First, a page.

Trump Honors Saudi Family Police State as His Government Ideal
Addressing the Sunni Summit, a motley host of countries with little freedom, democracy, justice, or other human rights, President Trump might well have wished he could just begin by saying, “Greetings, my fellow dictators.…” The circumstance was not so auspicious for America’s would-be strongman. Unlike the autocrats of Egypt and Bahrain, Kuwait and Qatar, Jordan and Saudi Arabia, President Trump’s authority remains shaky, his control of the emerging American police state insecure, his future somewhat uncertain. No wonder he was “exhausted” just two days into his first foreign trip as president, the same day his former national security advisor decided to plead the Fifth—General Michael Flynn, the same guy Trump apparently tried to protect from an FBI investigation, chose to refuse to testify before the Senate rather than risk incriminating himself in criminal activity. It’s enough for a man to send his daughter out to speak for him, which is what the president did, at an event intended to promote the use of social media for counter-terrorism, a police state activity if there ever was one.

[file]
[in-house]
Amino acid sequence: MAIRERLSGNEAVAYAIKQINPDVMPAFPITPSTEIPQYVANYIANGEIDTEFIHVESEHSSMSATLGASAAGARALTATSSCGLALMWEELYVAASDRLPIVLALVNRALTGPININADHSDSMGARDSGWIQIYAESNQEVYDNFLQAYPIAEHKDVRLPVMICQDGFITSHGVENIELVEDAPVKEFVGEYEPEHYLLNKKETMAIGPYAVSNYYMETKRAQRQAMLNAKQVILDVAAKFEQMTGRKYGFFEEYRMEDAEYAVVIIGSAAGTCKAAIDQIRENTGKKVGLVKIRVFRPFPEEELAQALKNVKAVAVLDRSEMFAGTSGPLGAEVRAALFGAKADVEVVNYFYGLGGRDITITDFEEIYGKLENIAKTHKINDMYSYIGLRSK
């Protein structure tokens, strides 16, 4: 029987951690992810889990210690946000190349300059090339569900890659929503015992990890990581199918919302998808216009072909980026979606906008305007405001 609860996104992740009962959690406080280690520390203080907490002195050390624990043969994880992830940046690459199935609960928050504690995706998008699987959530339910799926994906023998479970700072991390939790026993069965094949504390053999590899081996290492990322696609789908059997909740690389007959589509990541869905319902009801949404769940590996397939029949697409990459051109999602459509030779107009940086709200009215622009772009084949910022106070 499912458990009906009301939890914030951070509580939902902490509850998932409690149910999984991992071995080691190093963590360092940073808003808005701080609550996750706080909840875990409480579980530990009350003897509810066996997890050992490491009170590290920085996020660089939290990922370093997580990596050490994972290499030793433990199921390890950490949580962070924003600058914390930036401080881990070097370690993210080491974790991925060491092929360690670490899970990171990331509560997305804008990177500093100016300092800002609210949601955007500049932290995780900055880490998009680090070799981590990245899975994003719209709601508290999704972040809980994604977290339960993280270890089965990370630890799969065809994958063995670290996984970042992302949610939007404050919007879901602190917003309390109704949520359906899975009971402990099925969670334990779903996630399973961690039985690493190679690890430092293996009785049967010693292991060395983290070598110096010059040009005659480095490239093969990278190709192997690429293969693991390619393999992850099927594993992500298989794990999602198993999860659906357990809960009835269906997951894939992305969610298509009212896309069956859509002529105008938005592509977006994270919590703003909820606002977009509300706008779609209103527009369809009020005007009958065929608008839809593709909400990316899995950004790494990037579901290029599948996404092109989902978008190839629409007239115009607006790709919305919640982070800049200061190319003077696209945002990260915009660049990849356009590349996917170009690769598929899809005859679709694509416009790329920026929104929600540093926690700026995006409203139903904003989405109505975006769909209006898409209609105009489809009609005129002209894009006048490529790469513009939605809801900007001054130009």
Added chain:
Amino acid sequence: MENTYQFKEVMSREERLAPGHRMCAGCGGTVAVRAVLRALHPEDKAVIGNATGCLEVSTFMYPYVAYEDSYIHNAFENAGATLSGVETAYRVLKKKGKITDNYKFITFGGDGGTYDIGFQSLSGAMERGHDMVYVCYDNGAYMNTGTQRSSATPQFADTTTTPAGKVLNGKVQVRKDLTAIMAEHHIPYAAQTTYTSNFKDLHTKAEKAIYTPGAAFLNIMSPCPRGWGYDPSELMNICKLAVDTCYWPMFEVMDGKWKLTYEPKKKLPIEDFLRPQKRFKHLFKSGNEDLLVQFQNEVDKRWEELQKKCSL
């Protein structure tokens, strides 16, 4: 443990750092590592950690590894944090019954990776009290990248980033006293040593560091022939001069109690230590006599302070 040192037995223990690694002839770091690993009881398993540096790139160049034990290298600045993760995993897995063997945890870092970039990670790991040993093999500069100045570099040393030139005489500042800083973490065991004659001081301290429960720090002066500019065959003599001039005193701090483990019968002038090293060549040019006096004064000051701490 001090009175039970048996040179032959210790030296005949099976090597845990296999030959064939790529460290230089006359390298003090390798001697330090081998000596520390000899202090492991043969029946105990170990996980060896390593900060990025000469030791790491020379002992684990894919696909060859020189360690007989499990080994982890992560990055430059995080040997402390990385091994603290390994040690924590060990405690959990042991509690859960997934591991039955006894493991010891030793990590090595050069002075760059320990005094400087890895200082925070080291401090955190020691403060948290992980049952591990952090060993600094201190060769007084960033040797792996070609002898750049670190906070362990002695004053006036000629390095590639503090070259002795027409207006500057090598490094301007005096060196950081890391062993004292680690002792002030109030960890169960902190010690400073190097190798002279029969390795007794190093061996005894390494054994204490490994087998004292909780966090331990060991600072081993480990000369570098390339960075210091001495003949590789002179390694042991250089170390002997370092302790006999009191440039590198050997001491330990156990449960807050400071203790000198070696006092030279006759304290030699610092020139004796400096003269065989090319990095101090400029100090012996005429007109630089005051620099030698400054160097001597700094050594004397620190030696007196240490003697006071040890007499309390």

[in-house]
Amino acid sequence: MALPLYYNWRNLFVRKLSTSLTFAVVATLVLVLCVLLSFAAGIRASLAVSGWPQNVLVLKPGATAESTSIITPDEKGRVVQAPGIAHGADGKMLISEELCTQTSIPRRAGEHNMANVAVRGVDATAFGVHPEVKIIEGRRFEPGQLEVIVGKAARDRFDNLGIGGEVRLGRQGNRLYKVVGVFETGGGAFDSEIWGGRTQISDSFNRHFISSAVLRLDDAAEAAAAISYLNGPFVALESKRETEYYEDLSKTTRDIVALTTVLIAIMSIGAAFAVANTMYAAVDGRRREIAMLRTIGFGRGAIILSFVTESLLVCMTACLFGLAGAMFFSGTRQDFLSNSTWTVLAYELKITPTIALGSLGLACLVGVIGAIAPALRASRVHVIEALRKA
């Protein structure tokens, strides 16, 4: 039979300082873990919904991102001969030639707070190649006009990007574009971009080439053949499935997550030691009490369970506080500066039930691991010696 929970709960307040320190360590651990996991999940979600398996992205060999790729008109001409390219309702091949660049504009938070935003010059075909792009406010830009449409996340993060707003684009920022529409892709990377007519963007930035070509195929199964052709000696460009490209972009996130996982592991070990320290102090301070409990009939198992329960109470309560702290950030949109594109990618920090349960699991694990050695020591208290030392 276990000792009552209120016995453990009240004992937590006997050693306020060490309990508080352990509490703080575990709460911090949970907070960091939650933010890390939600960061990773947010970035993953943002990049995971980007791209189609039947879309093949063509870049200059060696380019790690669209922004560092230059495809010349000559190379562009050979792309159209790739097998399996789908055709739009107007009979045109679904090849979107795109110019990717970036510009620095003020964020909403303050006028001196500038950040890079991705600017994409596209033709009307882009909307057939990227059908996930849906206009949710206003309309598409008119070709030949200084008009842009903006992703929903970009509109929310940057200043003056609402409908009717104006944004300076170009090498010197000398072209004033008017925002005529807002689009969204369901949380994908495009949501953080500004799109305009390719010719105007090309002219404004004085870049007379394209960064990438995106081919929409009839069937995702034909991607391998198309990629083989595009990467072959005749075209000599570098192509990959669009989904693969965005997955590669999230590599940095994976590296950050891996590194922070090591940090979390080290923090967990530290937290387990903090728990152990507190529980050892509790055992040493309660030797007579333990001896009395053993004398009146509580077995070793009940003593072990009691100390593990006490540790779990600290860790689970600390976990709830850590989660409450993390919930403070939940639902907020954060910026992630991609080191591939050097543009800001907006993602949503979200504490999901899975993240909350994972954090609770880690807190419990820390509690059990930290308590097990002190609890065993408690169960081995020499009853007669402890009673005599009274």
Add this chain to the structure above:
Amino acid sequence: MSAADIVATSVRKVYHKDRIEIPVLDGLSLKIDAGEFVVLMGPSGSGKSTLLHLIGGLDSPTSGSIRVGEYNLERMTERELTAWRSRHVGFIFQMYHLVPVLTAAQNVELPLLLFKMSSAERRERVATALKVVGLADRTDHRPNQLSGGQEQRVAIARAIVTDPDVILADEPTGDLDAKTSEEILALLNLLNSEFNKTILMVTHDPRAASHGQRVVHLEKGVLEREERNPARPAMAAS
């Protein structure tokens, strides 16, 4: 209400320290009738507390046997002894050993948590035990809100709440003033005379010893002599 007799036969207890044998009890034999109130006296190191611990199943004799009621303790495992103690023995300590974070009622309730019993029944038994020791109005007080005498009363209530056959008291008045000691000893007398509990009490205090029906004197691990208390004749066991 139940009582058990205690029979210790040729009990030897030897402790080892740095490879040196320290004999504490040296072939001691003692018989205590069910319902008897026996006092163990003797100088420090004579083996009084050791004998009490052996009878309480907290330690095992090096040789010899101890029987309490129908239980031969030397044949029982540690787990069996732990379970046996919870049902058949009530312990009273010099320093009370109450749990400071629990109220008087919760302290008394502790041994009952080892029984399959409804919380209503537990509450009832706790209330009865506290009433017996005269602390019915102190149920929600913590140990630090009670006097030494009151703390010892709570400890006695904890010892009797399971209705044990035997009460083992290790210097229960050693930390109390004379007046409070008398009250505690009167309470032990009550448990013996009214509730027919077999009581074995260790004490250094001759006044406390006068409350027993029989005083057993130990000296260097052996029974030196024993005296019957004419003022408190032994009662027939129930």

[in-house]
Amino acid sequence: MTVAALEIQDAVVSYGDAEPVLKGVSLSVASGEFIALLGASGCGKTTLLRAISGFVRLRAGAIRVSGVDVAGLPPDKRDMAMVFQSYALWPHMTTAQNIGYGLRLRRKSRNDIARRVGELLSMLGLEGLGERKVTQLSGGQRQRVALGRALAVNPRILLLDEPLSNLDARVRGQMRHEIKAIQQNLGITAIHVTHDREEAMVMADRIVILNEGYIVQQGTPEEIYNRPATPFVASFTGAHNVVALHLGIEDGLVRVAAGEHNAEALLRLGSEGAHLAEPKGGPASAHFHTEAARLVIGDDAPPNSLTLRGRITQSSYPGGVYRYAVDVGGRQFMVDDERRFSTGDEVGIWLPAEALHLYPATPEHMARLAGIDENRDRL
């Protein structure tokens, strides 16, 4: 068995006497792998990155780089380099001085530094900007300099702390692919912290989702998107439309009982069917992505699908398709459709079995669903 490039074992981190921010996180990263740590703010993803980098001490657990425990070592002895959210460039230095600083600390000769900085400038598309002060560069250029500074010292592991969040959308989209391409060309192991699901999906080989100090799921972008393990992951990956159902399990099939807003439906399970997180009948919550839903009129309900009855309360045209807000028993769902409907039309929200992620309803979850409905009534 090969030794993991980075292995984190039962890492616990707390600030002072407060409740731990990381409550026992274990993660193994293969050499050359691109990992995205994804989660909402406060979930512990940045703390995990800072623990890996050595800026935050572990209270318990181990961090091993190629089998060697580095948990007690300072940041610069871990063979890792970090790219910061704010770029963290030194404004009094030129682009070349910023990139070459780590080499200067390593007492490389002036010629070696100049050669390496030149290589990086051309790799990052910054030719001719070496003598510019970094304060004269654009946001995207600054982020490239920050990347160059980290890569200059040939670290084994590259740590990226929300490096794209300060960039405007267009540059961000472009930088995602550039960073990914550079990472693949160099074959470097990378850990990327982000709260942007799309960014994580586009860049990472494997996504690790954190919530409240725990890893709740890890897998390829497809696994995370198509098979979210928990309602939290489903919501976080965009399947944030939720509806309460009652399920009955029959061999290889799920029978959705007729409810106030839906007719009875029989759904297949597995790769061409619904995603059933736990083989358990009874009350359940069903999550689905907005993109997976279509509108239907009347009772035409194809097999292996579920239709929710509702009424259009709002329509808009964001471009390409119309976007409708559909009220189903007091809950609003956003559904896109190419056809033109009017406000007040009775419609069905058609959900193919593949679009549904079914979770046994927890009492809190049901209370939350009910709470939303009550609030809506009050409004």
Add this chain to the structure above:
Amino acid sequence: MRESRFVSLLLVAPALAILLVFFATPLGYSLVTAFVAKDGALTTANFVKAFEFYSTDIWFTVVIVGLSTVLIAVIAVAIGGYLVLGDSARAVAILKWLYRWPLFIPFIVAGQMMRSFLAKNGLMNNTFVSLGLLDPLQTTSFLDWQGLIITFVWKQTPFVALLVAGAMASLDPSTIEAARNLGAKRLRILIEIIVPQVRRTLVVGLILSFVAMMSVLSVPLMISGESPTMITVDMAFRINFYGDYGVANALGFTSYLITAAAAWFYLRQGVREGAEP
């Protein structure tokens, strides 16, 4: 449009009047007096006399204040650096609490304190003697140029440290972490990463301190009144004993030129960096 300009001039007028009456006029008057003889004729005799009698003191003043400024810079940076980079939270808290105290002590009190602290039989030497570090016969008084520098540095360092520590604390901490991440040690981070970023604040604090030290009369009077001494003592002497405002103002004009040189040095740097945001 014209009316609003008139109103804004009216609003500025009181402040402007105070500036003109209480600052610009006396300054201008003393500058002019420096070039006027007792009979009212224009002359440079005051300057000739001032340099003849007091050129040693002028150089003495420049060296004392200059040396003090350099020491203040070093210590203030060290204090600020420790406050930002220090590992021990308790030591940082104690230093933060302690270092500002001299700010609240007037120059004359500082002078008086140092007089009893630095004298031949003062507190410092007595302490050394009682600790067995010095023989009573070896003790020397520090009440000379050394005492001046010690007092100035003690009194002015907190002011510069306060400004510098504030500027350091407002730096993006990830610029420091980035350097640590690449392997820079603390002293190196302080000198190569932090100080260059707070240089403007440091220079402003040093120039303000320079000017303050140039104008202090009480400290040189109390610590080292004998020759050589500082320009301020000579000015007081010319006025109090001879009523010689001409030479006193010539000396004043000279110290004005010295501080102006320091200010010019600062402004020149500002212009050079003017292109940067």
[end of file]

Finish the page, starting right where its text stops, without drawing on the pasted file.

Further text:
The Trump family must envy the Saudi family business, with its own oil-rich, dissent-free nation, where the preposterously rich royal family is above the law, but the justice system sends unlucky gang rape victims to prison, but not before giving them 200 lashes. Saudi treatment of women makes Trump’s treatment of Melania look almost polite. In an international situation where saying anything honest is out of the question for any but the most courageous speakers, our American president instead symbolically bows obsequiously and begins by thanking “the magnificent Kingdom of Saudi Arabia for hosting today’s summit. I am honored to be received by such gracious hosts. I have always heard about the splendor of your country and the kindness of your citizens, but words do not do justice to the grandeur of this remarkable place and the incredible hospitality you have shown us from the moment we arrived.” The Trump Traveling Carnival’s big achievement during its two-day performance in Riyadh was a further grand distortion of an already tortured reality in a region where the only country considered free is Tunisia (Freedom House ranks all the Middle East countries as not free, except for “partly free” Israel and Turkey, which gives you some idea of the low standard for freedom at work). Standing out among the non-stop carny acts of the Trump road show was the president’s flat-out commitment of the United States to take sides in the centuries old Islamic civil war. This makes little sense for a “Christian” country, but at least it is coming in on the side of the Sunnis, who outnumber the Shi’ites roughly nine to one. The president even got some of the Sunni dictatorships to sign a memorandum of agreement to help fight terrorism, which sounds like it might make sense, but makes no sense at all for all kinds of reasons, including: (1) terrorism has been fueled for decades by the Saudis globally promoting Wahhabism, a radically conservative form of Sunni Islam that considers all other Islamic practitioners heathens; (2) most of the 9/11 hijackers were Saudi nationals, and the Saudis spent untold amounts of money lobbying Washington to keep reports of Saudi involvement secret and to prevent victims from suing the Saudi government; and (3) the Saudis and other Gulf states have played both sides of the terrorist/ISIS wars for years now.